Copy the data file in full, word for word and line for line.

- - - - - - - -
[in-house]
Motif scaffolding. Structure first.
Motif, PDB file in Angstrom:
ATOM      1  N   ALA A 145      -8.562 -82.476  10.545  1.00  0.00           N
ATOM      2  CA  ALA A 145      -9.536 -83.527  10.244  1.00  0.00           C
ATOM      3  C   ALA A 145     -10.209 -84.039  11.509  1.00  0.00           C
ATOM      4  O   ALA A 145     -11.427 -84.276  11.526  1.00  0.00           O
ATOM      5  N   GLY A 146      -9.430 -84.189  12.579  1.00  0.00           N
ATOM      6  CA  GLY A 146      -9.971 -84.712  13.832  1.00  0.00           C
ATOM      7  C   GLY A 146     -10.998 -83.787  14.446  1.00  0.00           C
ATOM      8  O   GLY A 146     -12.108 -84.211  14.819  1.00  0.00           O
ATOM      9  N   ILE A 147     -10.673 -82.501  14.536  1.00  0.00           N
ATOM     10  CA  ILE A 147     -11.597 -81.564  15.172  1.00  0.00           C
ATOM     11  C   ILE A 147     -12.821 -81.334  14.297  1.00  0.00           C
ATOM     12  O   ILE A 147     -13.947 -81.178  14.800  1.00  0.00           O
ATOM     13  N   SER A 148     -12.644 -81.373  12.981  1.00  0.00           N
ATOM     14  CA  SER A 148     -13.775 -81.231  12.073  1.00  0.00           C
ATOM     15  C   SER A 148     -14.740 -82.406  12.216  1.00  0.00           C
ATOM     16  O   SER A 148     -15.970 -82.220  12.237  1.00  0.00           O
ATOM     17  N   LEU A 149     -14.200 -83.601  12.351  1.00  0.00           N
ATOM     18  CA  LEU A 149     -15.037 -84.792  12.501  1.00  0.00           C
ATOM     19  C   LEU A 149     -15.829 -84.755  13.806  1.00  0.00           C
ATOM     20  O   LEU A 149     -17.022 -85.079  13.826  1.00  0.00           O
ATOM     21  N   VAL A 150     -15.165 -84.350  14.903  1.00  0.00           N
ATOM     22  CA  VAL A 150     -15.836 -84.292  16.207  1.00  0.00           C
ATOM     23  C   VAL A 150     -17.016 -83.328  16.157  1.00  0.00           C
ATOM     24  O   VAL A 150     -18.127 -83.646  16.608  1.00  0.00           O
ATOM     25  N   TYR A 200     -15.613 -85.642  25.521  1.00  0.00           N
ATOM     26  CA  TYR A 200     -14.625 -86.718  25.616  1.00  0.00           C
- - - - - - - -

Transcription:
[in-house]
Motif scaffolding. Structure first.
Motif, PDB file in Angstrom:
ATOM      1  N   ALA A 145      -8.562 -82.476  10.545  1.00  0.00           N
ATOM      2  CA  ALA A 145      -9.536 -83.527  10.244  1.00  0.00           C
ATOM      3  C   ALA A 145     -10.209 -84.039  11.509  1.00  0.00           C
ATOM      4  O   ALA A 145     -11.427 -84.276  11.526  1.00  0.00           O
ATOM      5  N   GLY A 146      -9.430 -84.189  12.579  1.00  0.00           N
ATOM      6  CA  GLY A 146      -9.971 -84.712  13.832  1.00  0.00           C
ATOM      7  C   GLY A 146     -10.998 -83.787  14.446  1.00  0.00           C
ATOM      8  O   GLY A 146     -12.108 -84.211  14.819  1.00  0.00           O
ATOM      9  N   ILE A 147     -10.673 -82.501  14.536  1.00  0.00           N
ATOM     10  CA  ILE A 147     -11.597 -81.564  15.172  1.00  0.00           C
ATOM     11  C   ILE A 147     -12.821 -81.334  14.297  1.00  0.00           C
ATOM     12  O   ILE A 147     -13.947 -81.178  14.800  1.00  0.00           O
ATOM     13  N   SER A 148     -12.644 -81.373  12.981  1.00  0.00           N
ATOM     14  CA  SER A 148     -13.775 -81.231  12.073  1.00  0.00           C
ATOM     15  C   SER A 148     -14.740 -82.406  12.216  1.00  0.00           C
ATOM     16  O   SER A 148     -15.970 -82.220  12.237  1.00  0.00           O
ATOM     17  N   LEU A 149     -14.200 -83.601  12.351  1.00  0.00           N
ATOM     18  CA  LEU A 149     -15.037 -84.792  12.501  1.00  0.00           C
ATOM     19  C   LEU A 149     -15.829 -84.755  13.806  1.00  0.00           C
ATOM     20  O   LEU A 149     -17.022 -85.079  13.826  1.00  0.00           O
ATOM     21  N   VAL A 150     -15.165 -84.350  14.903  1.00  0.00           N
ATOM     22  CA  VAL A 150     -15.836 -84.292  16.207  1.00  0.00           C
ATOM     23  C   VAL A 150     -17.016 -83.328  16.157  1.00  0.00           C
ATOM     24  O   VAL A 150     -18.127 -83.646  16.608  1.00  0.00           O
ATOM     25  N   TYR A 200     -15.613 -85.642  25.521  1.00  0.00           N
ATOM     26  CA  TYR A 200     -14.625 -86.718  25.616  1.00  0.00           C